So say I have
foo* fooObject1 = new foo; // here would go code for initializing fooObject1 to fooObject1 with a foo object for each. foo* fooObject2 = new foo; for(int = 0; i < 10; i++) fooObject2[i] = fooObject1[i]; if(fooObject1 != NULL) delete fooObject1; //this "destroys" the array, BUT ALSO calls the destructors of all the foo objects inside fooObject1, causing fooObject2 elements to be anything but what it was before. fooObject1 = fooObject2;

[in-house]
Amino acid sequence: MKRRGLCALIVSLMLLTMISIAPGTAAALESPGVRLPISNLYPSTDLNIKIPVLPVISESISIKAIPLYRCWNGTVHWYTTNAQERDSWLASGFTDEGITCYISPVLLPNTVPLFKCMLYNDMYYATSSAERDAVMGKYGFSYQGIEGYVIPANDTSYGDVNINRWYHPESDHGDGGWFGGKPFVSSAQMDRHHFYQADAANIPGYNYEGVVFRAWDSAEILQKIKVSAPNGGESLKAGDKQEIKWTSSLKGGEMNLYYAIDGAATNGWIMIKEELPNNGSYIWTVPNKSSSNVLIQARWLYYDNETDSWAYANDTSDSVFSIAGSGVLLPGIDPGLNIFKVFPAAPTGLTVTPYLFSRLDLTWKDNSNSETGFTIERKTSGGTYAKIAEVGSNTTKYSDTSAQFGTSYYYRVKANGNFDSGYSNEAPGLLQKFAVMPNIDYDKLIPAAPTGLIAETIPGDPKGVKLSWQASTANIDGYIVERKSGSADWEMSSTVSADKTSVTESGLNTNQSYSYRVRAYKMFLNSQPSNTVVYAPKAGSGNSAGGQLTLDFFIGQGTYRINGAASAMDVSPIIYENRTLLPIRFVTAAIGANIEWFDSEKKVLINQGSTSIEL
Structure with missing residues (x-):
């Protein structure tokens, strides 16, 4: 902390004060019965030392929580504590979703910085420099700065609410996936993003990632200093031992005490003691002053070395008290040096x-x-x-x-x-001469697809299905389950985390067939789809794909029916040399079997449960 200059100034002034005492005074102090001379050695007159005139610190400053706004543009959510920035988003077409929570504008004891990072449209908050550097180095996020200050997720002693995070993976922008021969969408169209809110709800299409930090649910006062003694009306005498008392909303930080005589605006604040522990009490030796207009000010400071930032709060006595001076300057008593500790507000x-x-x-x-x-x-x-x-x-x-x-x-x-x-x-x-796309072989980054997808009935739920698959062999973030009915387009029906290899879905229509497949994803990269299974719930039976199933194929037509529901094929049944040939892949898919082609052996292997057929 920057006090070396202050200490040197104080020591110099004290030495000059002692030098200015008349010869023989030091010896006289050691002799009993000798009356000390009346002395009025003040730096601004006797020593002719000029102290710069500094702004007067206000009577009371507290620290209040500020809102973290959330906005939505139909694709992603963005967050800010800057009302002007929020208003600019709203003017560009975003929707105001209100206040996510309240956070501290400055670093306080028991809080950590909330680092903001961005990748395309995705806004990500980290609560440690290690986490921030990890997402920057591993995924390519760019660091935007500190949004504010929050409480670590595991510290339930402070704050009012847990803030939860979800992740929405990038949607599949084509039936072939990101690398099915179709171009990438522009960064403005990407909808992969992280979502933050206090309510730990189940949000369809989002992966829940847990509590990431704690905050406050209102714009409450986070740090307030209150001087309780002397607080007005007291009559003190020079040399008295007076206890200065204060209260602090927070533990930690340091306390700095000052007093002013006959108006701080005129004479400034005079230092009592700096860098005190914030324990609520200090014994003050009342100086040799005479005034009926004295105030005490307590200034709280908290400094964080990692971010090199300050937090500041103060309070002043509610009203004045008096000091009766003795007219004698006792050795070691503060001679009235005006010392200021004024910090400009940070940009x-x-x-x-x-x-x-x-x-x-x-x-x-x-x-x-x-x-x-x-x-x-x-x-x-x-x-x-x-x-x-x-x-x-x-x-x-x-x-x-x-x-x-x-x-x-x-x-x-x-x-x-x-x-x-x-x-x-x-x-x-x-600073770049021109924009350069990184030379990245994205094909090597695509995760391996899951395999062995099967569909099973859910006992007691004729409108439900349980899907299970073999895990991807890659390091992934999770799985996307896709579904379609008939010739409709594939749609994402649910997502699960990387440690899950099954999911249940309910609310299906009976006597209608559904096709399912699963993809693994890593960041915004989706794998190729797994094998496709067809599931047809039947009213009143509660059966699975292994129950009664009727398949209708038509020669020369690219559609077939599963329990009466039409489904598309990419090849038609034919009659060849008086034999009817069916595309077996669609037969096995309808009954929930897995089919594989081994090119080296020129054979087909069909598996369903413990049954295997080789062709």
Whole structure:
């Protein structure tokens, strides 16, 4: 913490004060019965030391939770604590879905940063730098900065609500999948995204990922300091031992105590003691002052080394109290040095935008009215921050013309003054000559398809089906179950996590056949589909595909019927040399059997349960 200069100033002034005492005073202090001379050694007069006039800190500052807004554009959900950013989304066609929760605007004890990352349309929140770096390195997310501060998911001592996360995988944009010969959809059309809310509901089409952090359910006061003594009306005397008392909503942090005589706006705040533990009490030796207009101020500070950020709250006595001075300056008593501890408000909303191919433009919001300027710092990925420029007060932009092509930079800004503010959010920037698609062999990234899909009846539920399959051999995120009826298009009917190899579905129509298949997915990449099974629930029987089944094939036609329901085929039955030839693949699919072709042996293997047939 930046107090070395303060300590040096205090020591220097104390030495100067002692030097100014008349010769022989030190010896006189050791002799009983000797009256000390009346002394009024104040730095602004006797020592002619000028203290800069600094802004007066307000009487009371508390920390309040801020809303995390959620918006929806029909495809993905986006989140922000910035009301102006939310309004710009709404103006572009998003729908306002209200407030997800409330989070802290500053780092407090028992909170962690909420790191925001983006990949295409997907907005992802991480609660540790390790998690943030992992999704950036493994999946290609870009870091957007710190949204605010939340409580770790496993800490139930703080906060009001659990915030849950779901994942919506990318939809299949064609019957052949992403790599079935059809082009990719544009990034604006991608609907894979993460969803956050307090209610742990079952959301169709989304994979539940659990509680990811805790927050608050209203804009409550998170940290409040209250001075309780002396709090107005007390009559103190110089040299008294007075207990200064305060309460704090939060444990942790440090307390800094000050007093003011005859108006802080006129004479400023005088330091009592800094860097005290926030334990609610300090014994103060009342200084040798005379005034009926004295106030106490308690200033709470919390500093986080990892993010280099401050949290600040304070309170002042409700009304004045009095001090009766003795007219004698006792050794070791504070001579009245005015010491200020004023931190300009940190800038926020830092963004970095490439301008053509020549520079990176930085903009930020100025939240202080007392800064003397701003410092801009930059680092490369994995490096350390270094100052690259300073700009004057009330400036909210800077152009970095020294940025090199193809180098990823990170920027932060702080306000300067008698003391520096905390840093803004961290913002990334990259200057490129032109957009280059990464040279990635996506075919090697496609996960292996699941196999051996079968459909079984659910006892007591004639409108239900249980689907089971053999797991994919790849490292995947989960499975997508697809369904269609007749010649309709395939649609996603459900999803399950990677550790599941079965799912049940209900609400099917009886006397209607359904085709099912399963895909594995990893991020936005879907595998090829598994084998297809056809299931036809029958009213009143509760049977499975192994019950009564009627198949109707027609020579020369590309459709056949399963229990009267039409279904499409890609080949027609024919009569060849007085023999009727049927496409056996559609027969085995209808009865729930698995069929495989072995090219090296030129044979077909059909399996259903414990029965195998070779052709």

foo is a specific object created by me with its respective methods.
My problem here, however, is that I want to destroy the array that fooObject1 points to, but not the elements of the array, is there a way for that to be done in C++? I know another way to go around the problem is to overload the = (equals) operator, but in the program I need it for, writing that would include overloading many other = operators for many other classes, which makes it a tedious and long process. I was hoping that in some way I could keep the objects in fooObject2, but get rid of the array pointed by fooObject1. So can this be done? How? If not how, then are there are websites you could redirect me to read about it?